First came the Wednesday morning story alleging that Fox News president Roger Ailes had "shoved Shepard Smith back into the closet" after the longtime network anchor had reportedly expressed an interest in coming out. Peppered with quotes from anonymous Fox insiders, Gawker reporter J.K. Trotter alleged that rampant homophobia from network executives had come to define Fox's relationship with Smith, kept him in the closet and ultimately cost him a prime-time hosting gig.
Then came the Wednesday afternoon denial from Fox News -- a joint statement from Ailes and Smith calling the report "100 percent false and a complete fabrication." Bill Shine, another network executive named in the piece as pretty much the beating heart of Fox's homophobia problem, also called the report "pure fiction."
A number of people have said that Smith is gay, but he has never disclosed this information publicly. I personally don't know, and don't really care. I also don't really care that Ailes and Smith are denying the allegations about entrenched homophobia at the network. Because regardless of the Smith subplot, Fox News is still pretty much a cesspool of reflexive anti-LGBTQ bigotry, and that's what actually matters here.
The network seems to pretty much despise LGBTQ people, and reliably supports the policies and politicians that make their lives dramatically shittier. This is Fox News' actual LGBTQ problem.
Bill O'Reilly regularly accuses trans children of being sexual predators, and has a thick disdain for the policies that ensure they have equal access to school facilities and basic rights. During a 2013 segment on a California law that allows trans students to play on athletic teams and use bathrooms that correspond to their gender, O'Reilly called such protections "the biggest con in the world." He also declared that if such a law had existed when he was a teenage boy, he would have used it to sexually harass girls. "I would have been on every … California, man," he said. "If I come back and I am reincarnated ... and I'm a teenager? Bang … I'm out to California." (He's also compared trans people to Hooters patrons. And Ewoks.)
Around the same time, Greg Gutfeld said that he, like O'Reilly, would have also abused laws that protect the rights of trans children in order to sexually harass teenage girls. "As a devious teen growing up," he boasted, "I would tell girls that I'm a girl trapped in a boy's body, just so I could sneak into the girls' bathroom."
And guess which network Bryan Fischer -- the leader of the virulently anti-LGBTQ American Family Association -- looks to when he needs a mainstream news source to back up his bigotry. During a recent rant against the California trans rights law, Fischer cited a column from Fox News' "medical expert" Keith Ablow.
When the Senate passed the Employment Non-Discrimination Act that same year -- a historic move to secure basic job protections for LGBTQ people -- the network largely ignored it, except to ask if it was just a tool the Obama administration was using to distract the country from the "failure" of the Affordable Care Act. Some also tried to frame it -- a measure ensuring that a person can't be fired just because they put a photo of their partner on their desk -- as an assault on religious liberty. (The measure died in the House and is still languishing in Congress. As a result, women like Laura Jane Klug who have lost their jobs for arbitrary and blatantly discriminatory reasons continue to have no legal recourse. Which I bet O'Reilly thinks is just hilarious.)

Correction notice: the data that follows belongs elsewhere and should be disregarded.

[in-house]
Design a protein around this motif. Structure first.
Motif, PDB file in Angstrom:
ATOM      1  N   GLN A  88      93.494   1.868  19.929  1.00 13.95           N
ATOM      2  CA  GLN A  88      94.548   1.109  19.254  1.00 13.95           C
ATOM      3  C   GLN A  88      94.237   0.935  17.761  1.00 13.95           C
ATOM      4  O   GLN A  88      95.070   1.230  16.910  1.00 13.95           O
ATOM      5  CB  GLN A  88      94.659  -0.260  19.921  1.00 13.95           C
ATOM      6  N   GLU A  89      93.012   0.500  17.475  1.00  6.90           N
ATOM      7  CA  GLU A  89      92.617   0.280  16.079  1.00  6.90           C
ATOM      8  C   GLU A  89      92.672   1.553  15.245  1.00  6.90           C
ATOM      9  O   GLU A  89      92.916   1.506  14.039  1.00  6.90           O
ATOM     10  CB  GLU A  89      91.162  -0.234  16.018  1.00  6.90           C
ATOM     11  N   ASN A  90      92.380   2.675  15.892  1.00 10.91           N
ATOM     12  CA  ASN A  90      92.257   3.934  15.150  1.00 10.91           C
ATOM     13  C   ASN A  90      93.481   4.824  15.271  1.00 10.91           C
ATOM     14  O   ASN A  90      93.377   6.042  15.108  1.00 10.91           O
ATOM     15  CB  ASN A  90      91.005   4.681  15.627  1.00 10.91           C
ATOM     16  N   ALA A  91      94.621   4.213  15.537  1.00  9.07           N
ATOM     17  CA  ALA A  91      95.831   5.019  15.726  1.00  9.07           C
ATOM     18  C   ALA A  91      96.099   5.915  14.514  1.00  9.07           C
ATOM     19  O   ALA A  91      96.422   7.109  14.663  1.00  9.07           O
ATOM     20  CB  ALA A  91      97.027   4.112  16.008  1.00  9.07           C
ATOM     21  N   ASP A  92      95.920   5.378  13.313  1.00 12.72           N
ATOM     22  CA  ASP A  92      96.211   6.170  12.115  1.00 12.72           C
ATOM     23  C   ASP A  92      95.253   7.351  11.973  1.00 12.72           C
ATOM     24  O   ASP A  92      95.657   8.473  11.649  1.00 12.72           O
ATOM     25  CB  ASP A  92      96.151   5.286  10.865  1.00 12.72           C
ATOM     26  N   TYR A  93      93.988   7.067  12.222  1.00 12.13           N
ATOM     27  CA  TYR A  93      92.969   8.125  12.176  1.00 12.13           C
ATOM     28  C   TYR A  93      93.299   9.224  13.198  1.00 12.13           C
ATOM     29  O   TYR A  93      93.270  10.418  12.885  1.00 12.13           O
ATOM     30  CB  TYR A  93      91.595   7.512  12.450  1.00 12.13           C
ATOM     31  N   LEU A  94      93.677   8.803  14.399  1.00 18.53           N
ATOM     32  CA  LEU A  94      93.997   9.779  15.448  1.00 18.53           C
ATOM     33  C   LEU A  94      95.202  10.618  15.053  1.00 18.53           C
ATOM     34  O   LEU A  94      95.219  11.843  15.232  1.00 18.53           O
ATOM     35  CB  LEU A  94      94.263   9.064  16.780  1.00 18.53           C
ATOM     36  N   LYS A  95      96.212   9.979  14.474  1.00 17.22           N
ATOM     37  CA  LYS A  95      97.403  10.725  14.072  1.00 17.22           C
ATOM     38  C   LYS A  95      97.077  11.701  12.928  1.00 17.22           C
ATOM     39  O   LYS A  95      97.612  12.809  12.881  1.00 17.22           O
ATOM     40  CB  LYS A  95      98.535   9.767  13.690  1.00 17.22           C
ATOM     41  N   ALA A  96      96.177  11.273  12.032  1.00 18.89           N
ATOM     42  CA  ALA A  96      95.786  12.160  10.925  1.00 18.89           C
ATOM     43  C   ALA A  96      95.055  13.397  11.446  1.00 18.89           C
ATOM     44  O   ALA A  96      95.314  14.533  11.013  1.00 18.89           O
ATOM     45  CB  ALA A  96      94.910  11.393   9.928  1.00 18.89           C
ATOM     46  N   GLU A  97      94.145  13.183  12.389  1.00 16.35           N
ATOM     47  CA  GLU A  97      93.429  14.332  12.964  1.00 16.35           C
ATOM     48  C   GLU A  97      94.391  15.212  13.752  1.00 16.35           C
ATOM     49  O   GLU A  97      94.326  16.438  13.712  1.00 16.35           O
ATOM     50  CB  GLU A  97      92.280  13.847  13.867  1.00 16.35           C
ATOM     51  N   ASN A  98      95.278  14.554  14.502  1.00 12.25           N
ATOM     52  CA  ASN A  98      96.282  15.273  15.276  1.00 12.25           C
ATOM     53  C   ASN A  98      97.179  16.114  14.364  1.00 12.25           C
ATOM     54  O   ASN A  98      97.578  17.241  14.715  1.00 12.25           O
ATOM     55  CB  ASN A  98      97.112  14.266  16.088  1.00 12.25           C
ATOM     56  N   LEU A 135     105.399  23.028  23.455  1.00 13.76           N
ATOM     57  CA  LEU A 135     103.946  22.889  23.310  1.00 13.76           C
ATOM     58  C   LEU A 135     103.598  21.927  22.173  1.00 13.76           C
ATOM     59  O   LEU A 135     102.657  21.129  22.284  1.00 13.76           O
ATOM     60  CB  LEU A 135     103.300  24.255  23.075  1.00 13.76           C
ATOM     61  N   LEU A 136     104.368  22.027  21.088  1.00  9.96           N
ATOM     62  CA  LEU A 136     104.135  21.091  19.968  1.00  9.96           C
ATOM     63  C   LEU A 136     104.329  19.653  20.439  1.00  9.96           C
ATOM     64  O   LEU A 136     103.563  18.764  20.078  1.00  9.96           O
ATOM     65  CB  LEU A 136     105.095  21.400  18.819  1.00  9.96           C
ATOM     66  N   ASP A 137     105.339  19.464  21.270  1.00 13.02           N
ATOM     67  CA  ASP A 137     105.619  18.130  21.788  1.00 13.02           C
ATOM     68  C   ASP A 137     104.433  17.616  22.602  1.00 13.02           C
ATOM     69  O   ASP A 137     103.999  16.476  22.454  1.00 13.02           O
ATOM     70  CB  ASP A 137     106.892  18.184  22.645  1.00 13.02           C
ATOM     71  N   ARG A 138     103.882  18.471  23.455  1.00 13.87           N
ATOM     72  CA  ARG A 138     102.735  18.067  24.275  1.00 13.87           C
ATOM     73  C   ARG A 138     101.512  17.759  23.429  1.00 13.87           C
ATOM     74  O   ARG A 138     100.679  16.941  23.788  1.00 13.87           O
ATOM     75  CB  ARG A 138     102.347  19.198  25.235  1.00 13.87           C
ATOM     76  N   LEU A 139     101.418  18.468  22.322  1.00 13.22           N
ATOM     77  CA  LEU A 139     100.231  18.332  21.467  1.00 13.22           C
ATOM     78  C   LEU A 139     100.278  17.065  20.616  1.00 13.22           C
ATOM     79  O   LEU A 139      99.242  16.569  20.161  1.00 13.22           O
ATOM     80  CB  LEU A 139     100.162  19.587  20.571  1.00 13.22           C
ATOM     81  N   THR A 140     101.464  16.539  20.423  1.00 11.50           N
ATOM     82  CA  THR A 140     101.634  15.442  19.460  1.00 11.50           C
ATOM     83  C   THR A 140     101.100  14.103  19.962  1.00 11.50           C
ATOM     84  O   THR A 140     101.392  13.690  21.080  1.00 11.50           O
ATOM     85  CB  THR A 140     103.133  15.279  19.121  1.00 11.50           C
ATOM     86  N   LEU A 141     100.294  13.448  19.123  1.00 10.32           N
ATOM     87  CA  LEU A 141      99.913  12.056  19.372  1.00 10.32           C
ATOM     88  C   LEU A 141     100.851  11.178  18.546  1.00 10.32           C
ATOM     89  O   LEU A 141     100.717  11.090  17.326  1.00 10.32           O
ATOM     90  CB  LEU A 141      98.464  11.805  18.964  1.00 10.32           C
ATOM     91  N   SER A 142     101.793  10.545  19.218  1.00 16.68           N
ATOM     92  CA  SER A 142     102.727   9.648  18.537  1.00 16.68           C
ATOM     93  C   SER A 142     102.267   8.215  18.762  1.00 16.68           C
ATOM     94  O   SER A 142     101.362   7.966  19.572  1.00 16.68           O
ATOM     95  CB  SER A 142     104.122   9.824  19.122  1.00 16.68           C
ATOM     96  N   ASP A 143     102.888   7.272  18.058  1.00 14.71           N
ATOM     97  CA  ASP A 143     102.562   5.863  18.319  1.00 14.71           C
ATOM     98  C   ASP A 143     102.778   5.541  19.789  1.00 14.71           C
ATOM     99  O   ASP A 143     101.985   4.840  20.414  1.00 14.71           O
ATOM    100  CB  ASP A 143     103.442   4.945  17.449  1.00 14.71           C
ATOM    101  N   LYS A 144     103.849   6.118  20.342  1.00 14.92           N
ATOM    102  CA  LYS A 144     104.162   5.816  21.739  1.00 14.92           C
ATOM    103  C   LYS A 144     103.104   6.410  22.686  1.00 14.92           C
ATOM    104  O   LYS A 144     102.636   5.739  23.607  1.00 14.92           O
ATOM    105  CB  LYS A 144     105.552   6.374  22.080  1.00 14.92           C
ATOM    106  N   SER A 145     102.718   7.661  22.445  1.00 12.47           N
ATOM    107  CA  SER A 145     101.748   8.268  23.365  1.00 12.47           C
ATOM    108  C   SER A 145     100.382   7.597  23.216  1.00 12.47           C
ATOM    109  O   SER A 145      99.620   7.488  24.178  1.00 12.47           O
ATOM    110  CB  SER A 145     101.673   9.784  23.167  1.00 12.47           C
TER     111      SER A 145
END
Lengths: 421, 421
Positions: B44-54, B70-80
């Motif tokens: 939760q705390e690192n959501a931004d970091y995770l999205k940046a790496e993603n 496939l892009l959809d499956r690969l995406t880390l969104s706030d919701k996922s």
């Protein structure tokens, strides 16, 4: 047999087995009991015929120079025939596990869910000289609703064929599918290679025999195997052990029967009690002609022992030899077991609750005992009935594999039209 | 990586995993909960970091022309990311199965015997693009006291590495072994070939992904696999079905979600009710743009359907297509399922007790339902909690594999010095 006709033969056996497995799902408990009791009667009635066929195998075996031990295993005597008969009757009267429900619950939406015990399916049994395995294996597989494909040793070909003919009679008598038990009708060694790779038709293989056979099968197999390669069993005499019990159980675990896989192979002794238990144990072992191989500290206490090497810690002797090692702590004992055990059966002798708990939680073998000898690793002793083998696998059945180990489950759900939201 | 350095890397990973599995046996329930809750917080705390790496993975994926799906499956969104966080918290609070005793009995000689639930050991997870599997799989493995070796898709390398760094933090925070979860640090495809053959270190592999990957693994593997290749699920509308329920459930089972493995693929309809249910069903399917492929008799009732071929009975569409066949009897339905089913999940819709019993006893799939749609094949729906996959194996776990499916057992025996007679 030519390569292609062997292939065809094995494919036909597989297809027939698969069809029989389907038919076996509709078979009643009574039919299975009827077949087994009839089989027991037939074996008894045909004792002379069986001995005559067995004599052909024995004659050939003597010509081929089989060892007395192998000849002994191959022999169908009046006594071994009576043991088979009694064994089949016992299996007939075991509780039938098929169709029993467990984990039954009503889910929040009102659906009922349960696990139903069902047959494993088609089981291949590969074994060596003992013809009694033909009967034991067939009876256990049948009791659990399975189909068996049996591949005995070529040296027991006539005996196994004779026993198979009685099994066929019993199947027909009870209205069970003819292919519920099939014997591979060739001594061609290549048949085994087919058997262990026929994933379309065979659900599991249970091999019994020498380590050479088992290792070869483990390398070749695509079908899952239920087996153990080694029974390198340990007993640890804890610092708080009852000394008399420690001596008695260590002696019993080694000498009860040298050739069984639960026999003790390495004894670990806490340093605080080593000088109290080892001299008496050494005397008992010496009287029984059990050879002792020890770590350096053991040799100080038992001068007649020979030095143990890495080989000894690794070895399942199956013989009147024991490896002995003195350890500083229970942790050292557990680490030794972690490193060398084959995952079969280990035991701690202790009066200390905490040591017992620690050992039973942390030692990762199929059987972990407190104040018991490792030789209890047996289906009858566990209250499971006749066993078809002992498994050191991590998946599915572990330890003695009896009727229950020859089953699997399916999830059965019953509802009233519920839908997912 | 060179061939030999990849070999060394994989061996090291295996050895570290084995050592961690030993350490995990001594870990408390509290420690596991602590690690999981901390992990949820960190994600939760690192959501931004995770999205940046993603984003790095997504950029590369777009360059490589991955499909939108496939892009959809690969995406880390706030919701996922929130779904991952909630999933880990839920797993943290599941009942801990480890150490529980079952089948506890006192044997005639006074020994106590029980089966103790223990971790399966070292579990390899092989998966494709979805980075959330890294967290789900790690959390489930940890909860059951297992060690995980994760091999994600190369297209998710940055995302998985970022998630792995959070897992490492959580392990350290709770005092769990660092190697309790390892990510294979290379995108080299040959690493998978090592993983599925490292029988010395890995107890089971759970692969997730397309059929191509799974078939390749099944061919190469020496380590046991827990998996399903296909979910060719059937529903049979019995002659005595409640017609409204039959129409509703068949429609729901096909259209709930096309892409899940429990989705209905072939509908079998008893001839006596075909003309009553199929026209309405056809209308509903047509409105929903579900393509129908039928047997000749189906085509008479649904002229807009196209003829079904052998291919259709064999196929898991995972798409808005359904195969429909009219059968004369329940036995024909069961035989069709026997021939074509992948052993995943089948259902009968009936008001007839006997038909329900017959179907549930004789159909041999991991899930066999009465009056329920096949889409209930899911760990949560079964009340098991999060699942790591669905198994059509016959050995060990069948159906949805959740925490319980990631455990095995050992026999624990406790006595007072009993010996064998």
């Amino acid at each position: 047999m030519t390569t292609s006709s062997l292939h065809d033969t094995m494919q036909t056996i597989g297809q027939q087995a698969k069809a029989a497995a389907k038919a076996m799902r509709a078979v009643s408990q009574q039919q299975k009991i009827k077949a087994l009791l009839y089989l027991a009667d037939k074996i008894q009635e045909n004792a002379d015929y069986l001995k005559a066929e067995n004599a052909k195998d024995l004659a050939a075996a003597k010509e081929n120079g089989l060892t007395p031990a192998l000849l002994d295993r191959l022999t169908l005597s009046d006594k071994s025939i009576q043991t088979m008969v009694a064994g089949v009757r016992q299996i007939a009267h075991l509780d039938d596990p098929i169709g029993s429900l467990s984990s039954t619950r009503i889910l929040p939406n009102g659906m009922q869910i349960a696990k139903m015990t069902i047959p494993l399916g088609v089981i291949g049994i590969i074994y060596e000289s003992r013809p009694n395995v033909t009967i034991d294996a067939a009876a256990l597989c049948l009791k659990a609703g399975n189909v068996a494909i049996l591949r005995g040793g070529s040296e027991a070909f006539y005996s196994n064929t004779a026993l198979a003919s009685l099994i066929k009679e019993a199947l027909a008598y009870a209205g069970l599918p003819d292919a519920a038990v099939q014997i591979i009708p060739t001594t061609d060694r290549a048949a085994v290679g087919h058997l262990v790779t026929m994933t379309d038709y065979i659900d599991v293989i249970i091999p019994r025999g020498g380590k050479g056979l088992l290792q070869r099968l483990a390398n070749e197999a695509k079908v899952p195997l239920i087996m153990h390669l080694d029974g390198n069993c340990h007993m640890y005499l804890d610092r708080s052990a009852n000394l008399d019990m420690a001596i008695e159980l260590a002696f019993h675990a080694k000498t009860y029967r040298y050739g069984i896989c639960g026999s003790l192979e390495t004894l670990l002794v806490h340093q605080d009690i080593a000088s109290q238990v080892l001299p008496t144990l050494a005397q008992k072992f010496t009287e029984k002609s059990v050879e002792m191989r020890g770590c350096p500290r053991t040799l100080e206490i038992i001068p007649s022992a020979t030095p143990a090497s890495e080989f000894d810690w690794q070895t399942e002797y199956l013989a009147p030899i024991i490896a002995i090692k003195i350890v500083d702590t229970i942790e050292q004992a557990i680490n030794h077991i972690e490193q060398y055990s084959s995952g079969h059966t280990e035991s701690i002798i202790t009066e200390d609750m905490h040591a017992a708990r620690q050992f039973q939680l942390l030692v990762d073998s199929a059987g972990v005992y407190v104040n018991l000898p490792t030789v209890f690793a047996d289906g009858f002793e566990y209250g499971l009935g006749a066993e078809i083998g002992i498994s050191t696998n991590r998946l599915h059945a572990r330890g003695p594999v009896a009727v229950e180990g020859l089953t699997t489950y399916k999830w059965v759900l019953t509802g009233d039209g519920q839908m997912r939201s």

The network even manages to be completely terrible and homophobic when it comes to ridiculous soft news. On "Fox & Friends" recently, host Brian Kilmeade brought in a photo of himself at his high school prom for a little light morning banter, and referred to his and his friends' coordinated tuxedos as "a little gay." Neither of the other hosts cared. In fact, Elisabeth Hasselbeck laughed and cheerfully anticipated the "17,000 emails" that the network would receive because of Kilmeade's homophobic comment.
Even Fox's B-squad is reliably awful. Shannon Bream -- while filling in for Megyn Kelly on "The Kelly File" -- couldn't see the problem with letting businesses in Arizona discriminate against LGBTQ people. When her guest said that stores should be legally compelled to serve all customers equally, Bream literally asked him, "Why?"
"I mean, this is America," she continued. "We all have freedoms. I mean, why would you want to do business with somebody, no matter what your personal issue was that they had with you, why would you want to force them to do business with you? Why not just go down the street and say, 'I'm going to spend my money to somebody who supports me and is kind to me and wants to help me and provide these services for me.'"
This list could seriously go on forever. Ablow thinks that the limited victories for equal marriage in recent years symbolize the "death" of marriage. Producers regularly invite on Tony Perkins, who is not an expert on anything, to serve as an "expert" on everything. I mean, there are entire websites dedicated to documenting Fox News' festering homophobia.
Day in and day out, these experts, journalists and hosts demean and slander LGBTQ people like it's their job. (It is their job.) They play "Dude Looks Like a Lady" to introduce a segment about Chelsea Manning. They laugh about petty gay jokes that a high school freshman would roll her eyes at. Fox is teeming with petty, bigoted bullies. And it's the top-rated cable news network in the nation.
So we may know absolutely nothing about what really went on between Roger Ailes and Shep Smith, but it's almost beside the point. The real scandal at Fox News is already in the open, there for all to see.